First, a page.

Trusting conclusions that other people thought of is something to be careful with. I won’t just do it because you individually made up some bullshit. It takes more special circumstances. Like I know a bunch of scientists researched orbits and relativity and made GPS satellites. I trust that those work. Many smart people checked their work. And many, many people have actually used GPS navigation in their car successfully. And I can see on my phone where GPS thinks I am, on a map, and compare that to where I actually am (I can look at street signs or buildings in person), and in that way I can see that GPS works. And I can go to other locations and see that it also works there. And I have a smartphone and have personally tried the GPS. So I trust GPS even though I don’t know all the details. It doesn’t work great as an idea for me to build on, modify, or check for errors. But GPS is actionable for me in terms of some practical uses like phone maps. And details of GPS, orbits and satellites are publicly available in books and are taught at universities. So, if I cared more, I could learn more about it.

Another example of trusting someone else’s conclusion is using a car mechanic. Details about cars are public knowledge that I haven’t personally studied. So I have a car mechanic look at my car and evaluate what’s wrong. Then I probably trust his judgment and act on it by having him repair the problem. (If I have doubts I can get a second opinion or even start learning about cars myself.) The conclusion about the car’s problem is not the same as an idea that I understand myself, but it’s useful and actionable to me because the guy who does understand it is also available to use that understanding to repair my car. And a repaired car is something I can use myself to drive places even though I don’t know much about the engine. And the mechanic has been in business for years and repaired lots of cars successfully. And I know there is effective training where people can learn to be mechanics. I have many pieces of evidence related to this and it fits into my model of the world, and also basically everyone else agrees too.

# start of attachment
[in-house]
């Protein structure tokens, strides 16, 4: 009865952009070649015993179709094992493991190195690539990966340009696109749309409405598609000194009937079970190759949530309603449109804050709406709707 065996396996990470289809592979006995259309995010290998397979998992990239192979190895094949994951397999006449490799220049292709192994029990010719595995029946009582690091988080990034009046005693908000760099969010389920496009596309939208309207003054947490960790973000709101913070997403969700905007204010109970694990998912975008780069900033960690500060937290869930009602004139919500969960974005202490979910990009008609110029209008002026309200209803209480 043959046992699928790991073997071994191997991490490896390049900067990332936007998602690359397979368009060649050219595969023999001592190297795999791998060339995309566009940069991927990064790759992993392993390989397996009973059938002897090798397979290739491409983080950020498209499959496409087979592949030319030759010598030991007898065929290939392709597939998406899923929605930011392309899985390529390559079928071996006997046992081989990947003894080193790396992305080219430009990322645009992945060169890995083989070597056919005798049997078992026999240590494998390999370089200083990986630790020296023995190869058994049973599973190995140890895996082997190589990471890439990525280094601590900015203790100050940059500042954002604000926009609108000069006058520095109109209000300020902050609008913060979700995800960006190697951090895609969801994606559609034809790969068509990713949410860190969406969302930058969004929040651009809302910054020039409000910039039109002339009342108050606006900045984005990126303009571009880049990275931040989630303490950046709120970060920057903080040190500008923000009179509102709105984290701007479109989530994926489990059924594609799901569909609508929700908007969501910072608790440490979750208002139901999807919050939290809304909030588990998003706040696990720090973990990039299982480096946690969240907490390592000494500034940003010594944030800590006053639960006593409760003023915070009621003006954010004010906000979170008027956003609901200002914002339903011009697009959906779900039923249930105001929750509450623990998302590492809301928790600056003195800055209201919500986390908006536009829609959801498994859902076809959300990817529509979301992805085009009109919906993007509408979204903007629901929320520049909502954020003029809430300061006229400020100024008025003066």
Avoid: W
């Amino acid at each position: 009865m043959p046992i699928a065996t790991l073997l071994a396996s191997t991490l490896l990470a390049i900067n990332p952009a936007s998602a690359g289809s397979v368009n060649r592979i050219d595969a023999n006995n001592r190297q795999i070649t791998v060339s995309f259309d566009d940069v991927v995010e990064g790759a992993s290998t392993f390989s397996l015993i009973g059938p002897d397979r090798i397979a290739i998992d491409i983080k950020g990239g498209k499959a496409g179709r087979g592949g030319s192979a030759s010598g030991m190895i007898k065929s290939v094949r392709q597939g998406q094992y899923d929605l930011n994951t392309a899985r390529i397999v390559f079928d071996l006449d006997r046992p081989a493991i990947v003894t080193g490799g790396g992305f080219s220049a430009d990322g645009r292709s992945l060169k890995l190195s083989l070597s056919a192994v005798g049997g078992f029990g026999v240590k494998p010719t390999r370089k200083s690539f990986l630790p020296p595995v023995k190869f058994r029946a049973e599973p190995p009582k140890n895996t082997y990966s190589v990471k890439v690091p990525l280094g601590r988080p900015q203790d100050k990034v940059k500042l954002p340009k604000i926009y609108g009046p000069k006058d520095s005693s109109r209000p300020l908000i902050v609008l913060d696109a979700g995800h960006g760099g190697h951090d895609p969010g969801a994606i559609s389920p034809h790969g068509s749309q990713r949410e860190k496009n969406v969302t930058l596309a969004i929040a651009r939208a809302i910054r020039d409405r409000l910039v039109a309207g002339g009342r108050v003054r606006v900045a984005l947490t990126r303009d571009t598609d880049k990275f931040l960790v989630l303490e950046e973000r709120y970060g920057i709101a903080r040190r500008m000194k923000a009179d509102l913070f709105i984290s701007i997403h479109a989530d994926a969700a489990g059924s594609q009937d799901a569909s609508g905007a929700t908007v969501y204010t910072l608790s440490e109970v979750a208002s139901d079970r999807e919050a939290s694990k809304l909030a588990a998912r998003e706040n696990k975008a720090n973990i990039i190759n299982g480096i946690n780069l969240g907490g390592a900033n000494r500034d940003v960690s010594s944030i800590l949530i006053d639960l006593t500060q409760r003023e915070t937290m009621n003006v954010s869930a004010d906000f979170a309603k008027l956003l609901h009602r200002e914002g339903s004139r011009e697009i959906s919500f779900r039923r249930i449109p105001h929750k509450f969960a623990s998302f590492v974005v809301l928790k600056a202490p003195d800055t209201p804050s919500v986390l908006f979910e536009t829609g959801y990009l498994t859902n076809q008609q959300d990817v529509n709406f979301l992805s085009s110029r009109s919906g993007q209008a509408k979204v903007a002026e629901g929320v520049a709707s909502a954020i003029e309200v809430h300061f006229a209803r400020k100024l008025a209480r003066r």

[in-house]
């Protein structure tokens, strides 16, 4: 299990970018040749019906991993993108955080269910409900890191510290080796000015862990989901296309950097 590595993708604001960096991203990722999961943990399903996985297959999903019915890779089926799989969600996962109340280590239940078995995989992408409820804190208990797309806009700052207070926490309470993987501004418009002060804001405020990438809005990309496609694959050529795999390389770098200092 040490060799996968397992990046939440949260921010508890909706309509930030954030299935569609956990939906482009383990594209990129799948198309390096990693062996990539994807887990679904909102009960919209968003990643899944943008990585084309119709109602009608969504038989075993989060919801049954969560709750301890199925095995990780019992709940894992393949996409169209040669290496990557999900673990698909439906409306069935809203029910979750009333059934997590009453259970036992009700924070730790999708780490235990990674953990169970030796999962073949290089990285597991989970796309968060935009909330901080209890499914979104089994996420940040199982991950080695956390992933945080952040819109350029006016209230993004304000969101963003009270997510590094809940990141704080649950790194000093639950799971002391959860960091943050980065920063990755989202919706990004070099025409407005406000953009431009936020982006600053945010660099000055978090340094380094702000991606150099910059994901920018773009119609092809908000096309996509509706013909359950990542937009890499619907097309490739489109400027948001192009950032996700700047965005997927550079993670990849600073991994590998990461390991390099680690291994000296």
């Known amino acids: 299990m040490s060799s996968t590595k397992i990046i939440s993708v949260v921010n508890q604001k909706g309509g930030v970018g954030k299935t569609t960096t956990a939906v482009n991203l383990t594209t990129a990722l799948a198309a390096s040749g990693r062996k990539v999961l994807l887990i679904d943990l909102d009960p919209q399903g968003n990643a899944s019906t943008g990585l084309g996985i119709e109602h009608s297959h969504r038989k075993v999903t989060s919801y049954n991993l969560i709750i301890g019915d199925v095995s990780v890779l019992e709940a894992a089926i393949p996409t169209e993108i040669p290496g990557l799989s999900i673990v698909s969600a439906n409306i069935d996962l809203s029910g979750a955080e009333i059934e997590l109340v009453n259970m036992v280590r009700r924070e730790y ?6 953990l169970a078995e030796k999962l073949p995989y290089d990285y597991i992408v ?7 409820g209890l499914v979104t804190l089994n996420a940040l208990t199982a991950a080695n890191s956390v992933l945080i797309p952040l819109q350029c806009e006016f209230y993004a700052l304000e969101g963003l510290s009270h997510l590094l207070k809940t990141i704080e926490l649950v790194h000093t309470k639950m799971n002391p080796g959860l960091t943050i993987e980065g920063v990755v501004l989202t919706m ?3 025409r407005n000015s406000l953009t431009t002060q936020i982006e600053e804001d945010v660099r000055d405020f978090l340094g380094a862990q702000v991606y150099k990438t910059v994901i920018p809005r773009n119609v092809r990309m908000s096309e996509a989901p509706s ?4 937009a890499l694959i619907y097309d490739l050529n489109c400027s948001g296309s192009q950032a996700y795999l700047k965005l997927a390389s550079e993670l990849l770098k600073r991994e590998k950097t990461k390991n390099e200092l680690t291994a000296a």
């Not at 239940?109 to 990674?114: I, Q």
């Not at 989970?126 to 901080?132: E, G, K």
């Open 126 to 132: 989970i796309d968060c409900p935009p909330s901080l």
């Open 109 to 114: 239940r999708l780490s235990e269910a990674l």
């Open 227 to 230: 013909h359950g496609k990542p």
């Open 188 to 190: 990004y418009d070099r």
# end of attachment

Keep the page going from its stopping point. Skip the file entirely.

These cases are wildly different than accepting some bullshit idea made up by one or a few people without understanding the details or reasoning. With the bullshit idea I’m going to ask for details and reasoning.